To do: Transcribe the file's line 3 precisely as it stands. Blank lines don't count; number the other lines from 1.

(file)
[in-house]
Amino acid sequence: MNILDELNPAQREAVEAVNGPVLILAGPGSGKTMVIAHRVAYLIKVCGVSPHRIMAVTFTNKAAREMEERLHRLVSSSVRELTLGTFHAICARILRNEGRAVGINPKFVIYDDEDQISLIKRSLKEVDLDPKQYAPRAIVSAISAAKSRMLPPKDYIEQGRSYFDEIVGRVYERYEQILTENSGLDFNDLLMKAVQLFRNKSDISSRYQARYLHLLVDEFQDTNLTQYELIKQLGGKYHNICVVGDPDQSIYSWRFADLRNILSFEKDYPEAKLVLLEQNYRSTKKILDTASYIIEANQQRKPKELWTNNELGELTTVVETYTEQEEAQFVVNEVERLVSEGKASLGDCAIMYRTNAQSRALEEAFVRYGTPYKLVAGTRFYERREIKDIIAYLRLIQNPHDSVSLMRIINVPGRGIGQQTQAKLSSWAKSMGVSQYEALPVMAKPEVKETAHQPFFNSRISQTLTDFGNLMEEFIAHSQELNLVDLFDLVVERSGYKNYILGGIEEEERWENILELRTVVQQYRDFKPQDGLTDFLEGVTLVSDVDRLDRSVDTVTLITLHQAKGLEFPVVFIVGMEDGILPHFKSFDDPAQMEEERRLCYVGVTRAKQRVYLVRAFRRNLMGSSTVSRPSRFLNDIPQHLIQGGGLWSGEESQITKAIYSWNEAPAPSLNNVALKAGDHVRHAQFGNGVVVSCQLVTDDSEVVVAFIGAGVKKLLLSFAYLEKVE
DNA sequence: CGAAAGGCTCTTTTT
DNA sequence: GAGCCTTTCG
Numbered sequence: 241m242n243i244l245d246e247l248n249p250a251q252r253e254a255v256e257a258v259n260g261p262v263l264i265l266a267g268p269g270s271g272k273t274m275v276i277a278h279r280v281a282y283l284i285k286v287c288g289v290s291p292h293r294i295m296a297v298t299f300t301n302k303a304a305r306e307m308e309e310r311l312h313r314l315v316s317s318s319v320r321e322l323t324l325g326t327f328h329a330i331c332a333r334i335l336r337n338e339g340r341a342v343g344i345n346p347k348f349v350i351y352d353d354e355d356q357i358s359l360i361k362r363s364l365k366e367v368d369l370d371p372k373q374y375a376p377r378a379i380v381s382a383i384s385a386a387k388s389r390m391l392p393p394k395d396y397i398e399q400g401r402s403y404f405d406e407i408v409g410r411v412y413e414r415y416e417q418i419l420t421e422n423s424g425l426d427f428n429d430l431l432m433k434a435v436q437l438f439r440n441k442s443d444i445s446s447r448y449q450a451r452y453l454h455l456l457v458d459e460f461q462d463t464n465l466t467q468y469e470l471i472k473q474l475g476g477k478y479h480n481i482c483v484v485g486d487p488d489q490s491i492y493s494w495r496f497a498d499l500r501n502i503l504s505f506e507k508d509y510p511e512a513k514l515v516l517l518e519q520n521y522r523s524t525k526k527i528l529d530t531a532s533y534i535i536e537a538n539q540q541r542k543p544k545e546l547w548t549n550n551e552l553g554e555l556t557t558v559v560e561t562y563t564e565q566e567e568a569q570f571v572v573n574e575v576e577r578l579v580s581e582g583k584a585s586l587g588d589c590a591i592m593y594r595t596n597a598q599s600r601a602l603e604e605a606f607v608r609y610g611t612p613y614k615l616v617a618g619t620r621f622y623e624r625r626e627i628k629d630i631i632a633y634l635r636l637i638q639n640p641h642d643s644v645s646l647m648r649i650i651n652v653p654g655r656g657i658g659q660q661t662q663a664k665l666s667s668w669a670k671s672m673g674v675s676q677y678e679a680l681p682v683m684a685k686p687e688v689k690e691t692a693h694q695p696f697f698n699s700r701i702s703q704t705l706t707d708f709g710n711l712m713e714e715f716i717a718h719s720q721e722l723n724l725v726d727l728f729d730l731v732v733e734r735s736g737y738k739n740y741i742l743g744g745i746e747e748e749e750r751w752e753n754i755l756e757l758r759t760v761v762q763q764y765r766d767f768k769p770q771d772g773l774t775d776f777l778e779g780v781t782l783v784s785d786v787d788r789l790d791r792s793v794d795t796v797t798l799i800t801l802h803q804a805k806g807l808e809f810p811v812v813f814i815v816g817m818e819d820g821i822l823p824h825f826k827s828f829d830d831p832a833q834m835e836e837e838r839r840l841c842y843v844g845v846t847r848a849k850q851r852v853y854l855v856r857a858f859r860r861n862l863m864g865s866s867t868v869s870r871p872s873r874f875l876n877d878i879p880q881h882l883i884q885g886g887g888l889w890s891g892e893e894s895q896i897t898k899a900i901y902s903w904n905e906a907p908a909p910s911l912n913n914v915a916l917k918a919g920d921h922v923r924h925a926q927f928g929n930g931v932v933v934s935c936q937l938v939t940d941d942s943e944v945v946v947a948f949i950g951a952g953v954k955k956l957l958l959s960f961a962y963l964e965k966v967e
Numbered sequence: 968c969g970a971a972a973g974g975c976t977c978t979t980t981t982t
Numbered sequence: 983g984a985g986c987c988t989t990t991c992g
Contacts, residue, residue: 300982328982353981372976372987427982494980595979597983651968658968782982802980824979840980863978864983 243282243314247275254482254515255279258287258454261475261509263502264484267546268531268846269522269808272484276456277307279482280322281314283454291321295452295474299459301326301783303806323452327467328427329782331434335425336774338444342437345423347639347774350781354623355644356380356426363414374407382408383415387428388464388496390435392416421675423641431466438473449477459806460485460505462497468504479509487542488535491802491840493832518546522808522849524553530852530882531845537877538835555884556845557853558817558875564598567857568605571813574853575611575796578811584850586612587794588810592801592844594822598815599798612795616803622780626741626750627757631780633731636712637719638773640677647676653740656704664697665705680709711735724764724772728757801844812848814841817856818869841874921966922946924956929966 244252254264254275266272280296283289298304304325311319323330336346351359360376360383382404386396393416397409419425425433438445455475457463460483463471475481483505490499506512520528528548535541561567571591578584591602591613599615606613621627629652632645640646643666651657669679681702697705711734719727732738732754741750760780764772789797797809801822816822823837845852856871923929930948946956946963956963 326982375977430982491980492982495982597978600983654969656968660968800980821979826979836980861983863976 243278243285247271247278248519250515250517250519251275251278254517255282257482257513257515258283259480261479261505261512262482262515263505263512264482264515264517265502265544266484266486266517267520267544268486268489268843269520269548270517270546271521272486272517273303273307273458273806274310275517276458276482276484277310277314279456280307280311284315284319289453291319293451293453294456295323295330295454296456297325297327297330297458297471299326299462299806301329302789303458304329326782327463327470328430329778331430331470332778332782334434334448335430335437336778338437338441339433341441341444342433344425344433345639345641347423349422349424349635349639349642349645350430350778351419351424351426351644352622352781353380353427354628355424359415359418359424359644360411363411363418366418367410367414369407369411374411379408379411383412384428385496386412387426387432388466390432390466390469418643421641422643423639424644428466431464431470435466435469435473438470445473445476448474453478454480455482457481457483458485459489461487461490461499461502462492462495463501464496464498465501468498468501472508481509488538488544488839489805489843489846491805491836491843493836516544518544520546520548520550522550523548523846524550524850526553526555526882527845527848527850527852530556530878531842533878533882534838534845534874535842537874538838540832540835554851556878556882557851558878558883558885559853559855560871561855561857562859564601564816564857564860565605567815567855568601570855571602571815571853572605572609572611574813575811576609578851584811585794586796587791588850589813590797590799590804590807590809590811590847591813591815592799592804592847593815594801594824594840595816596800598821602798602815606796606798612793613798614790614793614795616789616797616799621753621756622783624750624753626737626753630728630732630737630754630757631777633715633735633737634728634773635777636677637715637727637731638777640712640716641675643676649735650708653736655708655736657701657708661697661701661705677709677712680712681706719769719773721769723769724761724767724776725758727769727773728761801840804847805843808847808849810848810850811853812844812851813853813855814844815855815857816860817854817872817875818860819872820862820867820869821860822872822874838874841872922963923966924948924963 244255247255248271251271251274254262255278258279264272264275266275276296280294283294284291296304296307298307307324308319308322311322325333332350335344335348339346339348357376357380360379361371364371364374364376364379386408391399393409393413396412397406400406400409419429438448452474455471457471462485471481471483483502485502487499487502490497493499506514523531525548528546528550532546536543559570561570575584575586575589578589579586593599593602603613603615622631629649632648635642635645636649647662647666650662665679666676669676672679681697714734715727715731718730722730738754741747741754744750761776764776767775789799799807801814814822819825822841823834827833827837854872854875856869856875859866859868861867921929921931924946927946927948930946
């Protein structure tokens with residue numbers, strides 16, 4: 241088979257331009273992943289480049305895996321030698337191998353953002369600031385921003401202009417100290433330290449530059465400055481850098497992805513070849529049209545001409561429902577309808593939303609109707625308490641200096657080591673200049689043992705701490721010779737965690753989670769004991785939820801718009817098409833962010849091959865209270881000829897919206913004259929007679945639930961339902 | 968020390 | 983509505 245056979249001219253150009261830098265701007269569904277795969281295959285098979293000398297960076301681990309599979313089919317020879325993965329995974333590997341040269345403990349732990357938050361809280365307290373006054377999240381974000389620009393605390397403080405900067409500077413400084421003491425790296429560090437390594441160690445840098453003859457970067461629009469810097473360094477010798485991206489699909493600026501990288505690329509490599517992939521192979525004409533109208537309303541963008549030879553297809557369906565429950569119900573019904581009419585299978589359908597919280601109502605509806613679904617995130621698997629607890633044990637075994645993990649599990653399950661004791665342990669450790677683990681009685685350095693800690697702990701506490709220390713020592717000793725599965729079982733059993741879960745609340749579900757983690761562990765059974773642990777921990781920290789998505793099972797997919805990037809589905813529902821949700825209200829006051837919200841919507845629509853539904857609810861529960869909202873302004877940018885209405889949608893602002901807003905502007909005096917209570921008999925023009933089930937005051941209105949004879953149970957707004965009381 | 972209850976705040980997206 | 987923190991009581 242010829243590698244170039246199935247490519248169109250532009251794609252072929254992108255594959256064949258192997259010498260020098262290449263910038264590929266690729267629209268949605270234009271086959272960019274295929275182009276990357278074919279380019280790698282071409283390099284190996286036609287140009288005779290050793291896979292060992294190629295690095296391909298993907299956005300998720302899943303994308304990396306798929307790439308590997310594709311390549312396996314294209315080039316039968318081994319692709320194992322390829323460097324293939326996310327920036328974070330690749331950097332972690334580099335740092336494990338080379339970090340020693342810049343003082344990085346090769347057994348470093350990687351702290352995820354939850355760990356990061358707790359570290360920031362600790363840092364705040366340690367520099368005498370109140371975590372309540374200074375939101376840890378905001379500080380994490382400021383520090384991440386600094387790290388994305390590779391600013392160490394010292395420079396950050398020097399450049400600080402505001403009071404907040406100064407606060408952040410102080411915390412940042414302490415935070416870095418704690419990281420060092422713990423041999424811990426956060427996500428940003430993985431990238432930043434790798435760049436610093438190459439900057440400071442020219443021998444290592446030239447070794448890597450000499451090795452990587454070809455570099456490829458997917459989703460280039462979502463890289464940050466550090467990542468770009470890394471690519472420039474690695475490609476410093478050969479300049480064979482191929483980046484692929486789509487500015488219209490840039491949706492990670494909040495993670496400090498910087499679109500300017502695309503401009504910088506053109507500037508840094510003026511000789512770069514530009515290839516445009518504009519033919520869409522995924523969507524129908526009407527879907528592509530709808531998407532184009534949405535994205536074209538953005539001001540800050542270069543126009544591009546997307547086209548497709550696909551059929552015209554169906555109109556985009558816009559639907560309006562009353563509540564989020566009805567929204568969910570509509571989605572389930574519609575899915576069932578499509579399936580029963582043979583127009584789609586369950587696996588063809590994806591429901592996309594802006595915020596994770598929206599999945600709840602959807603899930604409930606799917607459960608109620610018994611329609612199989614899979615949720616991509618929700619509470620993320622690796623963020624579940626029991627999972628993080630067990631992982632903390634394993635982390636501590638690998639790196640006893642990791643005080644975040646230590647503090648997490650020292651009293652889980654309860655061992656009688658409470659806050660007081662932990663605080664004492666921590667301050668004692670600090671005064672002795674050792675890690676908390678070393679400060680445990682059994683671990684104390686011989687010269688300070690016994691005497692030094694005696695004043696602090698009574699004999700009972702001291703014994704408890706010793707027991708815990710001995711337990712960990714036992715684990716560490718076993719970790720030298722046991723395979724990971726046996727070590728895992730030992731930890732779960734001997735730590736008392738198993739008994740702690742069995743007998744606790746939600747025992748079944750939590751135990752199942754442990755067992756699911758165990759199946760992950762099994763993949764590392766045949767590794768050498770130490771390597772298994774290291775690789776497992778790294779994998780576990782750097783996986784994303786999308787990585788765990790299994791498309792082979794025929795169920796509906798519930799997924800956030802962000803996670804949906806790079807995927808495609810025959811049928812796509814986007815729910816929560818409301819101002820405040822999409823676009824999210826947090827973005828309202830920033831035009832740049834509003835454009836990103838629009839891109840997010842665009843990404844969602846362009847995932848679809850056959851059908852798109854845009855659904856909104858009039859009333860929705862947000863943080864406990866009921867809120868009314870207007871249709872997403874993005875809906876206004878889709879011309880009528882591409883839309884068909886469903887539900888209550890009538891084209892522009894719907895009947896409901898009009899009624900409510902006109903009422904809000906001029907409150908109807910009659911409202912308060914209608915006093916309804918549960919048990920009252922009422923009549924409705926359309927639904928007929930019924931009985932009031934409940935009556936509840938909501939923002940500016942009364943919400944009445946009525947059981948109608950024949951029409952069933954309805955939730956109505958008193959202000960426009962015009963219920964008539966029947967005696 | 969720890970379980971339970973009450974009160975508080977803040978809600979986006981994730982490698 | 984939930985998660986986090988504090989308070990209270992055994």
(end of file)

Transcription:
DNA sequence: CGAAAGGCTCTTTTT